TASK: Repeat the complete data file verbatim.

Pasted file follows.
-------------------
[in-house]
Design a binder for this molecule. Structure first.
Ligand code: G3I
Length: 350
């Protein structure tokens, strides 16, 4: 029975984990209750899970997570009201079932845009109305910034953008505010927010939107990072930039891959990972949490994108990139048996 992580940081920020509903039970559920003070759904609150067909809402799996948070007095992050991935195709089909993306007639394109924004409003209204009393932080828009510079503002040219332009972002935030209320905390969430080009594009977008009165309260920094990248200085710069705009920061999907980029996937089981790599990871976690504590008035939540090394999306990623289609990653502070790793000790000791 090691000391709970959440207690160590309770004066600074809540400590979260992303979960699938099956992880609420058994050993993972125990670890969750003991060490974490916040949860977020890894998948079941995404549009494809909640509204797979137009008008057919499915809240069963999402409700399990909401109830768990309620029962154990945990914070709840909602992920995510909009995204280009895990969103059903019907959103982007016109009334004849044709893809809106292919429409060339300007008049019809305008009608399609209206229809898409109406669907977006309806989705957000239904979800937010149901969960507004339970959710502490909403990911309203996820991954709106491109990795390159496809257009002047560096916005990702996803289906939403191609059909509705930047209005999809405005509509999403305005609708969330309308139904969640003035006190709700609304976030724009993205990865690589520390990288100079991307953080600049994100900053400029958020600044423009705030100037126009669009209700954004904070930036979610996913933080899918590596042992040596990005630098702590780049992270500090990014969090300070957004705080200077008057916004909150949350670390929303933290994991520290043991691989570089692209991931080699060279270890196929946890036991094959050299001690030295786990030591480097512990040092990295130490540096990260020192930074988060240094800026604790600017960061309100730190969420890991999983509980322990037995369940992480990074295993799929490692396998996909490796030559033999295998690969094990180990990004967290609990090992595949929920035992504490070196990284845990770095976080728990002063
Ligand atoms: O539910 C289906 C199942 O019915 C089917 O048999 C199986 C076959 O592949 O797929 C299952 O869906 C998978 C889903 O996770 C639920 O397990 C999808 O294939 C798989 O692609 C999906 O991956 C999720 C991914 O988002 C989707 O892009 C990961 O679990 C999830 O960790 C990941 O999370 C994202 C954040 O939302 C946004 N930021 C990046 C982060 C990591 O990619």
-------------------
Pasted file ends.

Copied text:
[in-house]
Design a binder for this molecule. Structure first.
Ligand code: G3I
Length: 350
């Protein structure tokens, strides 16, 4: 029975984990209750899970997570009201079932845009109305910034953008505010927010939107990072930039891959990972949490994108990139048996 992580940081920020509903039970559920003070759904609150067909809402799996948070007095992050991935195709089909993306007639394109924004409003209204009393932080828009510079503002040219332009972002935030209320905390969430080009594009977008009165309260920094990248200085710069705009920061999907980029996937089981790599990871976690504590008035939540090394999306990623289609990653502070790793000790000791 090691000391709970959440207690160590309770004066600074809540400590979260992303979960699938099956992880609420058994050993993972125990670890969750003991060490974490916040949860977020890894998948079941995404549009494809909640509204797979137009008008057919499915809240069963999402409700399990909401109830768990309620029962154990945990914070709840909602992920995510909009995204280009895990969103059903019907959103982007016109009334004849044709893809809106292919429409060339300007008049019809305008009608399609209206229809898409109406669907977006309806989705957000239904979800937010149901969960507004339970959710502490909403990911309203996820991954709106491109990795390159496809257009002047560096916005990702996803289906939403191609059909509705930047209005999809405005509509999403305005609708969330309308139904969640003035006190709700609304976030724009993205990865690589520390990288100079991307953080600049994100900053400029958020600044423009705030100037126009669009209700954004904070930036979610996913933080899918590596042992040596990005630098702590780049992270500090990014969090300070957004705080200077008057916004909150949350670390929303933290994991520290043991691989570089692209991931080699060279270890196929946890036991094959050299001690030295786990030591480097512990040092990295130490540096990260020192930074988060240094800026604790600017960061309100730190969420890991999983509980322990037995369940992480990074295993799929490692396998996909490796030559033999295998690969094990180990990004967290609990090992595949929920035992504490070196990284845990770095976080728990002063
Ligand atoms: O539910 C289906 C199942 O019915 C089917 O048999 C199986 C076959 O592949 O797929 C299952 O869906 C998978 C889903 O996770 C639920 O397990 C999808 O294939 C798989 O692609 C999906 O991956 C999720 C991914 O988002 C989707 O892009 C990961 O679990 C999830 O960790 C990941 O999370 C994202 C954040 O939302 C946004 N930021 C990046 C982060 C990591 O990619």